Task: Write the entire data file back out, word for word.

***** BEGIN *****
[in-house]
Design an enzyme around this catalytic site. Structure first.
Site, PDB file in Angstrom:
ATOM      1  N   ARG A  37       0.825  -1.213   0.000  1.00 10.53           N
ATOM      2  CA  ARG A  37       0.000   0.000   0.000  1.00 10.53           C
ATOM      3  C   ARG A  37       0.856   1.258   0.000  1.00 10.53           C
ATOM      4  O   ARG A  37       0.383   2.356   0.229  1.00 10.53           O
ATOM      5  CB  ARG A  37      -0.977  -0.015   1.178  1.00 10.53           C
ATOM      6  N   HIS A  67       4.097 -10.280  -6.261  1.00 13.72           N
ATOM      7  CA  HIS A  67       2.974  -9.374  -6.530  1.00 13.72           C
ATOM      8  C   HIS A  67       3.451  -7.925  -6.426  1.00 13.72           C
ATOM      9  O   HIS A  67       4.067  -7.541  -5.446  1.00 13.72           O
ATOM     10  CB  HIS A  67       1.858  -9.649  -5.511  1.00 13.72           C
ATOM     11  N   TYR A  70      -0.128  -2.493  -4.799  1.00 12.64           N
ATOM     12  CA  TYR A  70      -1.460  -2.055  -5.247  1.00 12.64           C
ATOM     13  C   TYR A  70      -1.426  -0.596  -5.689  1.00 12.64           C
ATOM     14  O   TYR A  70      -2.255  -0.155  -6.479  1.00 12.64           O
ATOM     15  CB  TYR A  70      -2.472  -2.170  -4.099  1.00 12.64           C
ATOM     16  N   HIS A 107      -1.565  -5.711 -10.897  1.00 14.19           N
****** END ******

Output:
[in-house]
Design an enzyme around this catalytic site. Structure first.
Site, PDB file in Angstrom:
ATOM      1  N   ARG A  37       0.825  -1.213   0.000  1.00 10.53           N
ATOM      2  CA  ARG A  37       0.000   0.000   0.000  1.00 10.53           C
ATOM      3  C   ARG A  37       0.856   1.258   0.000  1.00 10.53           C
ATOM      4  O   ARG A  37       0.383   2.356   0.229  1.00 10.53           O
ATOM      5  CB  ARG A  37      -0.977  -0.015   1.178  1.00 10.53           C
ATOM      6  N   HIS A  67       4.097 -10.280  -6.261  1.00 13.72           N
ATOM      7  CA  HIS A  67       2.974  -9.374  -6.530  1.00 13.72           C
ATOM      8  C   HIS A  67       3.451  -7.925  -6.426  1.00 13.72           C
ATOM      9  O   HIS A  67       4.067  -7.541  -5.446  1.00 13.72           O
ATOM     10  CB  HIS A  67       1.858  -9.649  -5.511  1.00 13.72           C
ATOM     11  N   TYR A  70      -0.128  -2.493  -4.799  1.00 12.64           N
ATOM     12  CA  TYR A  70      -1.460  -2.055  -5.247  1.00 12.64           C
ATOM     13  C   TYR A  70      -1.426  -0.596  -5.689  1.00 12.64           C
ATOM     14  O   TYR A  70      -2.255  -0.155  -6.479  1.00 12.64           O
ATOM     15  CB  TYR A  70      -2.472  -2.170  -4.099  1.00 12.64           C
ATOM     16  N   HIS A 107      -1.565  -5.711 -10.897  1.00 14.19           N